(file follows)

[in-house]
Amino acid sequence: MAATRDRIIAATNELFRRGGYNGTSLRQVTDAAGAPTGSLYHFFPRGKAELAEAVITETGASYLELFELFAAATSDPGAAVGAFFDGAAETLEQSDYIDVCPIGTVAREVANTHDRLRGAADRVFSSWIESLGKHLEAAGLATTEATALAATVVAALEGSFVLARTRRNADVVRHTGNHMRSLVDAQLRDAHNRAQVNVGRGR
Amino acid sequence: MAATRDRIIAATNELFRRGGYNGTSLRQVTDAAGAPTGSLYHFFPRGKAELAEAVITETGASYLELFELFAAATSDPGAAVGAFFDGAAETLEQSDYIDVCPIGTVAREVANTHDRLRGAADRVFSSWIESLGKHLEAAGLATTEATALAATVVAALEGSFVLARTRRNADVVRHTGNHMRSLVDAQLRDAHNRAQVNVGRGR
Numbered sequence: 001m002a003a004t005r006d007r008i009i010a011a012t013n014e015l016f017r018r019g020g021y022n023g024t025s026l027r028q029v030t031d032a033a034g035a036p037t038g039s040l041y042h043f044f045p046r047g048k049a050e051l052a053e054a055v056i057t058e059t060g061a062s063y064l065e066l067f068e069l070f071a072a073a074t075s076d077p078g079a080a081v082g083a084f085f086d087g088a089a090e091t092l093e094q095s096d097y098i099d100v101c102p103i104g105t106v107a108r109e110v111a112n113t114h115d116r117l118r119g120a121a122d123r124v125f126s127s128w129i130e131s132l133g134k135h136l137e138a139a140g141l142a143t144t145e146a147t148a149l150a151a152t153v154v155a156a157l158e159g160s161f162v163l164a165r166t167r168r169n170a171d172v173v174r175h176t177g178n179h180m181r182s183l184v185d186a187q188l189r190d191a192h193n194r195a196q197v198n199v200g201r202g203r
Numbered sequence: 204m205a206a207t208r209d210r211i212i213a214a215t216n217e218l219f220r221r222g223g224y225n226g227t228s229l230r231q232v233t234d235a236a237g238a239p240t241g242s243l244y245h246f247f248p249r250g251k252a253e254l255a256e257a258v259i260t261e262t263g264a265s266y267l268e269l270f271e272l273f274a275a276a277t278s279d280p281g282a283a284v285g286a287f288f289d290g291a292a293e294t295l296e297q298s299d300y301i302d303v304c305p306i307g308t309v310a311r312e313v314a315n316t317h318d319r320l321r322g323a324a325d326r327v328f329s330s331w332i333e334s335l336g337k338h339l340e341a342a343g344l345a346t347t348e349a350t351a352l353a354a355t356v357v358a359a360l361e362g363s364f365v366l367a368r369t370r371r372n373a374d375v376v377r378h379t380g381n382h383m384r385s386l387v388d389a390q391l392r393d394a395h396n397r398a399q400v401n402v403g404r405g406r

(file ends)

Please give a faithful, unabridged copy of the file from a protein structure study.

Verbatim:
[in-house]
Amino acid sequence: MAATRDRIIAATNELFRRGGYNGTSLRQVTDAAGAPTGSLYHFFPRGKAELAEAVITETGASYLELFELFAAATSDPGAAVGAFFDGAAETLEQSDYIDVCPIGTVAREVANTHDRLRGAADRVFSSWIESLGKHLEAAGLATTEATALAATVVAALEGSFVLARTRRNADVVRHTGNHMRSLVDAQLRDAHNRAQVNVGRGR
Amino acid sequence: MAATRDRIIAATNELFRRGGYNGTSLRQVTDAAGAPTGSLYHFFPRGKAELAEAVITETGASYLELFELFAAATSDPGAAVGAFFDGAAETLEQSDYIDVCPIGTVAREVANTHDRLRGAADRVFSSWIESLGKHLEAAGLATTEATALAATVVAALEGSFVLARTRRNADVVRHTGNHMRSLVDAQLRDAHNRAQVNVGRGR
Numbered sequence: 001m002a003a004t005r006d007r008i009i010a011a012t013n014e015l016f017r018r019g020g021y022n023g024t025s026l027r028q029v030t031d032a033a034g035a036p037t038g039s040l041y042h043f044f045p046r047g048k049a050e051l052a053e054a055v056i057t058e059t060g061a062s063y064l065e066l067f068e069l070f071a072a073a074t075s076d077p078g079a080a081v082g083a084f085f086d087g088a089a090e091t092l093e094q095s096d097y098i099d100v101c102p103i104g105t106v107a108r109e110v111a112n113t114h115d116r117l118r119g120a121a122d123r124v125f126s127s128w129i130e131s132l133g134k135h136l137e138a139a140g141l142a143t144t145e146a147t148a149l150a151a152t153v154v155a156a157l158e159g160s161f162v163l164a165r166t167r168r169n170a171d172v173v174r175h176t177g178n179h180m181r182s183l184v185d186a187q188l189r190d191a192h193n194r195a196q197v198n199v200g201r202g203r
Numbered sequence: 204m205a206a207t208r209d210r211i212i213a214a215t216n217e218l219f220r221r222g223g224y225n226g227t228s229l230r231q232v233t234d235a236a237g238a239p240t241g242s243l244y245h246f247f248p249r250g251k252a253e254l255a256e257a258v259i260t261e262t263g264a265s266y267l268e269l270f271e272l273f274a275a276a277t278s279d280p281g282a283a284v285g286a287f288f289d290g291a292a293e294t295l296e297q298s299d300y301i302d303v304c305p306i307g308t309v310a311r312e313v314a315n316t317h318d319r320l321r322g323a324a325d326r327v328f329s330s331w332i333e334s335l336g337k338h339l340e341a342a343g344l345a346t347t348e349a350t351a352l353a354a355t356v357v358a359a360l361e362g363s364f365v366l367a368r369t370r371r372n373a374d375v376v377r378h379t380g381n382h383m384r385s386l387v388d389a390q391l392r393d394a395h396n397r398a399q400v401n402v403g404r405g406r